https://www.youtube.com/playlist?list=PLxde5XJWZRbR5pmLiMRp771cvvfQoxAhvIn public data centers and in computational science, open-source software plays a key role to create a productive environment for researchers.
Computational science is the modeling and simulation of the laws of nature within computer systems that offer a well-defined environment for experimental investigation. Models for climate, protein folding, or nanomaterials, for example, can be simulated and manipulated at will without being restricted by the laws of nature, and scientists no longer have to conduct time-consuming and error-prone experiments in the real world. This method leads to new observations and understandings of phenomena that would otherwise be too fast or too slow to comprehend in vitro. The processing of observational data like sensor networks, satellites, and other data-driven workflows is yet another challenge as it usually dominated by the input/output of data.
Complex climate and weather simulations can have 100.000 to million lines of codes and must be maintained and developed further for a decade at least. Therefore, scientific software is mostly open-source, particularly for large scale simulations and bleeding-edge research in a scientific domain.
This month we’ll be hosting our evening of talks online. You can join remotely from the comfort of your own home to listen to the speakers and chat in realtime with the other attendees.
18:15 – Join online meeting to chat with other participants
18:30 – Short introduction (5 min) of the evening by Julian Kunkel — Slides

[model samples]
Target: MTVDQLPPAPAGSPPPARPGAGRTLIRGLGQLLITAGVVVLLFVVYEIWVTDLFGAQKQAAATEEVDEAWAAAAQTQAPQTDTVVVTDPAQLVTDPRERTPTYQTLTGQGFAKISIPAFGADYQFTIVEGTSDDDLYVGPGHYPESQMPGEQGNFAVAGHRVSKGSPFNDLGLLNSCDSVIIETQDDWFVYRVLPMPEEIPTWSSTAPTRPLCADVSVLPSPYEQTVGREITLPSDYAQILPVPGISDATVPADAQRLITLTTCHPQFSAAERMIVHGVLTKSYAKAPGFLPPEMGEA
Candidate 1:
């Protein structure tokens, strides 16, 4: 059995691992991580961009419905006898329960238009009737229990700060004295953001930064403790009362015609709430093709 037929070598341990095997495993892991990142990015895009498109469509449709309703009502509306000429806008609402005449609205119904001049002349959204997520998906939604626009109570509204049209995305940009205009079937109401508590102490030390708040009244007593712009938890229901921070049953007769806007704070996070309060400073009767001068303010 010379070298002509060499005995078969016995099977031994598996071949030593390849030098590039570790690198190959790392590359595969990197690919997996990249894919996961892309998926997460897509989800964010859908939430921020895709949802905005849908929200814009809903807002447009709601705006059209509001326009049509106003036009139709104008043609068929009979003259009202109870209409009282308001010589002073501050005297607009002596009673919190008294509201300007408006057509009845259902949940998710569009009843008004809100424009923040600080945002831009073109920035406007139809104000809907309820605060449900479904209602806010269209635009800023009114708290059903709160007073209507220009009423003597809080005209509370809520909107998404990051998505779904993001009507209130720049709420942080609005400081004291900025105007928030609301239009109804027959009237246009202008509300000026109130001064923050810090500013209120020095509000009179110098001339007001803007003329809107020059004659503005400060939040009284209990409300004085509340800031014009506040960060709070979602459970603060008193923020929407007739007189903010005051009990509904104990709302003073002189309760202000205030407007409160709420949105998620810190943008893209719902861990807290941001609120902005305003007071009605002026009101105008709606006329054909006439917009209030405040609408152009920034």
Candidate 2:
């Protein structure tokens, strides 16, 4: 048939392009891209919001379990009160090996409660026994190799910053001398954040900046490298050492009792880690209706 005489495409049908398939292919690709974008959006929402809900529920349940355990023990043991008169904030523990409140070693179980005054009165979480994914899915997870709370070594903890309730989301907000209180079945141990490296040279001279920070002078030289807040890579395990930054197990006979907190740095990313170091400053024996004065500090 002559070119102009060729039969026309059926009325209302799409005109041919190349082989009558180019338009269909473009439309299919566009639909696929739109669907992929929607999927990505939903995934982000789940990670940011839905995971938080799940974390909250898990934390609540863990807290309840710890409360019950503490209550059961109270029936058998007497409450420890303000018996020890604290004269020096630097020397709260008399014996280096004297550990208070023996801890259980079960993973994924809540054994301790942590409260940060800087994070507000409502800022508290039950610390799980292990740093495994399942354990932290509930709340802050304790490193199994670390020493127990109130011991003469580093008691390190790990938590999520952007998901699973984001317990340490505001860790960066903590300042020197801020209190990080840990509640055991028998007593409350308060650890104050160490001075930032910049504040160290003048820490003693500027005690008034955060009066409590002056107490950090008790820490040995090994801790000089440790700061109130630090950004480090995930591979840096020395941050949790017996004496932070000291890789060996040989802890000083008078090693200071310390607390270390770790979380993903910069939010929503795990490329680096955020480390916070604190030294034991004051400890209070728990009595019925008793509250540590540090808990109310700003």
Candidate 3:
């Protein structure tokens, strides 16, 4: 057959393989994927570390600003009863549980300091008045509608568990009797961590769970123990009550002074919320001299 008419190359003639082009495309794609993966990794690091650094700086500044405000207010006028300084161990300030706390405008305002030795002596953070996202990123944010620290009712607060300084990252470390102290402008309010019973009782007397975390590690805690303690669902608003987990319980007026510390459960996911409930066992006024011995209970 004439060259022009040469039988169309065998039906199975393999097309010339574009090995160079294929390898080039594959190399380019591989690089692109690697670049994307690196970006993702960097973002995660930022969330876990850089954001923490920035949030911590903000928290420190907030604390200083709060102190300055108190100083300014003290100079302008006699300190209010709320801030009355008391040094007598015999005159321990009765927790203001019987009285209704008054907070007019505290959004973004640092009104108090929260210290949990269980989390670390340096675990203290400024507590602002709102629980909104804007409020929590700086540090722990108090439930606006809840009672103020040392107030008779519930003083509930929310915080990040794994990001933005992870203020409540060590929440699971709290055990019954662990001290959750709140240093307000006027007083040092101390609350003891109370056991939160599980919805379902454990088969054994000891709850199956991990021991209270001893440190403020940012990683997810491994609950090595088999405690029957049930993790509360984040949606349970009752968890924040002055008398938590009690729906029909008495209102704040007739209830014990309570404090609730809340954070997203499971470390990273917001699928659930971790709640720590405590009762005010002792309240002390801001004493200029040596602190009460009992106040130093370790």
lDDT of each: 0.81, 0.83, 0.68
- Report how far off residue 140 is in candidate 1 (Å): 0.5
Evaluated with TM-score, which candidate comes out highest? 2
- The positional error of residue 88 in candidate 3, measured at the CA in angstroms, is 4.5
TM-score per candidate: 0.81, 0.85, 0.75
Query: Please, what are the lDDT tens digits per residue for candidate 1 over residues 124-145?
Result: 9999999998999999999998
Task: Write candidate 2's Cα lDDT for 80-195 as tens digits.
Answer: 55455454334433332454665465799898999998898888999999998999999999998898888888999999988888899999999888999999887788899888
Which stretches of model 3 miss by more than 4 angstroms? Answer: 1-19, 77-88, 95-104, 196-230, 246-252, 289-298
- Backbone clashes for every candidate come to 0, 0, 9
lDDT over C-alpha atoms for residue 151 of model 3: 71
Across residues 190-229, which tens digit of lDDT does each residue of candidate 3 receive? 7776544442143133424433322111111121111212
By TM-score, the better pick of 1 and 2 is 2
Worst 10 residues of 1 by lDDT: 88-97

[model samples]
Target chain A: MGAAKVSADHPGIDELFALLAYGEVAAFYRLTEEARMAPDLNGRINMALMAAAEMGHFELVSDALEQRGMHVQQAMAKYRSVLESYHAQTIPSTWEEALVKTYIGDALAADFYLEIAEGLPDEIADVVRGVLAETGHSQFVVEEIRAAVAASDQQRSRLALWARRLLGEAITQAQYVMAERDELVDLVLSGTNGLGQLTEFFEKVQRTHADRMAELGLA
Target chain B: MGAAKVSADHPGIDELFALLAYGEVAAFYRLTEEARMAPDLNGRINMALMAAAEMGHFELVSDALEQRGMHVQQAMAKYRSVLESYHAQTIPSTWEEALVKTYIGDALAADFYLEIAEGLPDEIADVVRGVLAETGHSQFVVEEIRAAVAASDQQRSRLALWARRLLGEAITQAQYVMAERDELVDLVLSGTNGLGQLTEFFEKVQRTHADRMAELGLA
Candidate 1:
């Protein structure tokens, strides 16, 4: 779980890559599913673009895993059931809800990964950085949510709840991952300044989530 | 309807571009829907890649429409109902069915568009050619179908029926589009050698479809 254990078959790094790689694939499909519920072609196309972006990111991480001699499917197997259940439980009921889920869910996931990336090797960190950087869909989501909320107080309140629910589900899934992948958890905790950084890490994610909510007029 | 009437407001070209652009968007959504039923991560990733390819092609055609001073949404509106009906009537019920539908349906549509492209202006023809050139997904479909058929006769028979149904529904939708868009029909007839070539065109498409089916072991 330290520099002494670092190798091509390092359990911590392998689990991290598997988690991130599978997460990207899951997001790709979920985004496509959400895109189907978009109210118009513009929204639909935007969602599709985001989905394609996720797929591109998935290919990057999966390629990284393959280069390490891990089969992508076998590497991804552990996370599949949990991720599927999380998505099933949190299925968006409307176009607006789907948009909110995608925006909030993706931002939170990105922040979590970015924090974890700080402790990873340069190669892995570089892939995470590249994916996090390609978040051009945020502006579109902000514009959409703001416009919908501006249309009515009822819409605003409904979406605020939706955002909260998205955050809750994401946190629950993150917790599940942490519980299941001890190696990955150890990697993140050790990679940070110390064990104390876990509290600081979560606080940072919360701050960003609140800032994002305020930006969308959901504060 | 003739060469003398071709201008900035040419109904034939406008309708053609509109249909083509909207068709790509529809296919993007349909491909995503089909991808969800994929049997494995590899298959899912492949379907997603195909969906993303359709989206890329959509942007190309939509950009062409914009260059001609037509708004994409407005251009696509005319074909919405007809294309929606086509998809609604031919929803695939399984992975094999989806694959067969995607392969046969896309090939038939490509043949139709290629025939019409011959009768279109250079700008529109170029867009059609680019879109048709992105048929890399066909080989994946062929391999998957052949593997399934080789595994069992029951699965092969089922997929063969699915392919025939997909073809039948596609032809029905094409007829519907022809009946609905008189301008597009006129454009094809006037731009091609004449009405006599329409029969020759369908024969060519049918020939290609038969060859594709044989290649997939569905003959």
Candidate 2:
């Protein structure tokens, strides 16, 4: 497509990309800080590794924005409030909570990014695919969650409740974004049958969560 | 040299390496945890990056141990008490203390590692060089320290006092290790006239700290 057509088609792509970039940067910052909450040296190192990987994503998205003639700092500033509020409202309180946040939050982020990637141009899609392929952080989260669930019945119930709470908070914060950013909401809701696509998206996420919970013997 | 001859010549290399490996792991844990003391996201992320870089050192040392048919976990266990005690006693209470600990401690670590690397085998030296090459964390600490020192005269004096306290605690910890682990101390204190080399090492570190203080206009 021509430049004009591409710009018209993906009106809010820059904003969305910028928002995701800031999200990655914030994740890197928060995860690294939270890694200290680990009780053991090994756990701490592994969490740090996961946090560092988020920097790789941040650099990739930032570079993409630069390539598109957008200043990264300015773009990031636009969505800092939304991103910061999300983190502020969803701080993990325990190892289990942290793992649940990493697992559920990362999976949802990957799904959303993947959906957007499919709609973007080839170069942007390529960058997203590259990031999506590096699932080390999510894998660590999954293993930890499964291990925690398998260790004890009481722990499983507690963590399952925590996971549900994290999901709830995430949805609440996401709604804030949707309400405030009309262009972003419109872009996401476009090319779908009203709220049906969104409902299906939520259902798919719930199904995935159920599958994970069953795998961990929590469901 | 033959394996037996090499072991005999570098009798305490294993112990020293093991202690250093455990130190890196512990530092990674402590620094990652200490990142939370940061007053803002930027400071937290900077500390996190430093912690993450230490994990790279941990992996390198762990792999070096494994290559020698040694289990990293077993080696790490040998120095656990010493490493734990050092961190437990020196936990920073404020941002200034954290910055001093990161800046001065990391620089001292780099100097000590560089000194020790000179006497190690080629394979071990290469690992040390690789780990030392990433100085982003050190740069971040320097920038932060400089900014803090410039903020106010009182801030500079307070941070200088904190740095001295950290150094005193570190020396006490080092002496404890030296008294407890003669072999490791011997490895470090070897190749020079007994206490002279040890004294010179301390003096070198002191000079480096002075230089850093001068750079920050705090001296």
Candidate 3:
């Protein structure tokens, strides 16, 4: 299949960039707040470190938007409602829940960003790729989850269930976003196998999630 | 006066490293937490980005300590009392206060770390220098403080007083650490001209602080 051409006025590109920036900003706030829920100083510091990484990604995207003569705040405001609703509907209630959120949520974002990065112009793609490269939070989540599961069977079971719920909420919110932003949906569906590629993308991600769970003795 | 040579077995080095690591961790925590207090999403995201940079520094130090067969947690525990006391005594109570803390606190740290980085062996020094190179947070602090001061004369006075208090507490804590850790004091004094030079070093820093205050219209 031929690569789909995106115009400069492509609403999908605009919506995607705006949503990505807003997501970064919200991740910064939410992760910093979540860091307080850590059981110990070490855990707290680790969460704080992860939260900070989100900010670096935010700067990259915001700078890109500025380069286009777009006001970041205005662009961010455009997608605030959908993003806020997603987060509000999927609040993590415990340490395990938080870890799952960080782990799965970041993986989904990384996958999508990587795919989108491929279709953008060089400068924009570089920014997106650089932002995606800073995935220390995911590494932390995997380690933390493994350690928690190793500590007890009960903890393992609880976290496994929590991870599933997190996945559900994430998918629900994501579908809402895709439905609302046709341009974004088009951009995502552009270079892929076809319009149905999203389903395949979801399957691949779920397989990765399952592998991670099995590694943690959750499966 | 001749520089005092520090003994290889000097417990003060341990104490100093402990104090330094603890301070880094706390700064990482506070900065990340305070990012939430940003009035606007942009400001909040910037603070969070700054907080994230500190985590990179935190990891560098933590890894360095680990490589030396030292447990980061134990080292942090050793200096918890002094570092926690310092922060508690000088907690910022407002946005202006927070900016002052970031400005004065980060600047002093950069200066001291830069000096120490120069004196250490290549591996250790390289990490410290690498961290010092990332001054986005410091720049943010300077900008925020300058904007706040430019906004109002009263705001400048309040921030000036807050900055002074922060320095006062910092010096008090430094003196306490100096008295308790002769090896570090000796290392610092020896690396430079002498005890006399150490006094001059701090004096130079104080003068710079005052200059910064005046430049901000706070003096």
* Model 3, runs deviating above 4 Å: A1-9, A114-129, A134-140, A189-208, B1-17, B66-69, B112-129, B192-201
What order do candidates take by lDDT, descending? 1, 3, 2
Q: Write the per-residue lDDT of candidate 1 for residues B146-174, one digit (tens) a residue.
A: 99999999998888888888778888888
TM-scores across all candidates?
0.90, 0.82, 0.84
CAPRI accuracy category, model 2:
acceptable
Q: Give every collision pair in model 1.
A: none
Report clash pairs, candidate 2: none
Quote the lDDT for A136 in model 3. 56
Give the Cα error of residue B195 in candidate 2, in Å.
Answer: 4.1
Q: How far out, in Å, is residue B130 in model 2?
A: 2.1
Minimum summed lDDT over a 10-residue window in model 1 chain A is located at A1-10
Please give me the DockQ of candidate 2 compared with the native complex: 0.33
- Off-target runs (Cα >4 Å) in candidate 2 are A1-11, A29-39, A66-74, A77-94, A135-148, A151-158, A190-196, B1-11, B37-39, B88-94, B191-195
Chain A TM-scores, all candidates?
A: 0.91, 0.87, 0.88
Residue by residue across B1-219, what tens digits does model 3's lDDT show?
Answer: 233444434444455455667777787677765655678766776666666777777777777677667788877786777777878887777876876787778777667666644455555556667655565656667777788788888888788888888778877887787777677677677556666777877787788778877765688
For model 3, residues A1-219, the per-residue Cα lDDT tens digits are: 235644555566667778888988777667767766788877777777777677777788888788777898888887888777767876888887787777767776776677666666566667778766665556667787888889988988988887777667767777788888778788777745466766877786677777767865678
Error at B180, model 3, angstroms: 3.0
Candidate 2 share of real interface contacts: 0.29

18:35 – Presentations
20:35 – Close
We were live streaming via GoToWebinar and recording the talks for later posting on YouTube.
The videos are now published on YouTube and slides are linked below.
Open Source Software in High-Performance Computing
Shane Canon, Lawrence Berkeley National Laboratory/NERSC, USA
High-Performance Scientific Computing is heavily dependent on a rich ecosystem of open-source software. The HPC community is both a consumer and a contributor to the broader open-source community. In this presentation, we will review the evolution of open-source software use in HPC, give examples of how the HPC community has contributed to its growth, and the future direction of open-source in HPC.
Some lessons learned from creating and using the Ceph open-source storage system
High Performance Computing in a world of Data Science
Martin Callaghan, University of Leeds, UK
Universities and other research organisations have developed and used High Performance Computing (HPC) systems for a number of years to support problems solving across many computational domains including Computational Fluid Dynamics and Molecular Dynamics. Their design features such as a batch processing system and a fast interconnect make them ideal to support these often highly parallel tools and applications.
In recent years though, with the increased interest in Data Science across a number of research fields, HPC has found itself in the position of having to support quite different tools and methodologies.
In this talk, I’ll discuss the design journey we have taken for our institutional HPC, some of the Open Source projects, tools and techniques we use with our research colleagues to support Data Science problems and some of our plans for the future.
Martin Callaghan Research Computing Manager and lead the Research Software Engineering team at the University of Leeds in the UK, where we provide High Performance Computing (HPC), Programming and Software Development consultancy across a diverse research community. My role involves Research Software Engineering, training, consultancy and outreach.
He also manages a comprehensive HPC and Research Computing training programme designed to be a ‘zero to hero’ structured introduction to HPC, Cloud and research software development.
Before joining the University of Leeds, he worked as an Engineer designing machine tool control systems, a teacher and ran my own training and consultancy business. Personal research interests are in text analytics, particularly using neural networks to summarise text at scale.
Note: Please aim to connect at the latest by 18:25 as the event will start at 18:30 prompt.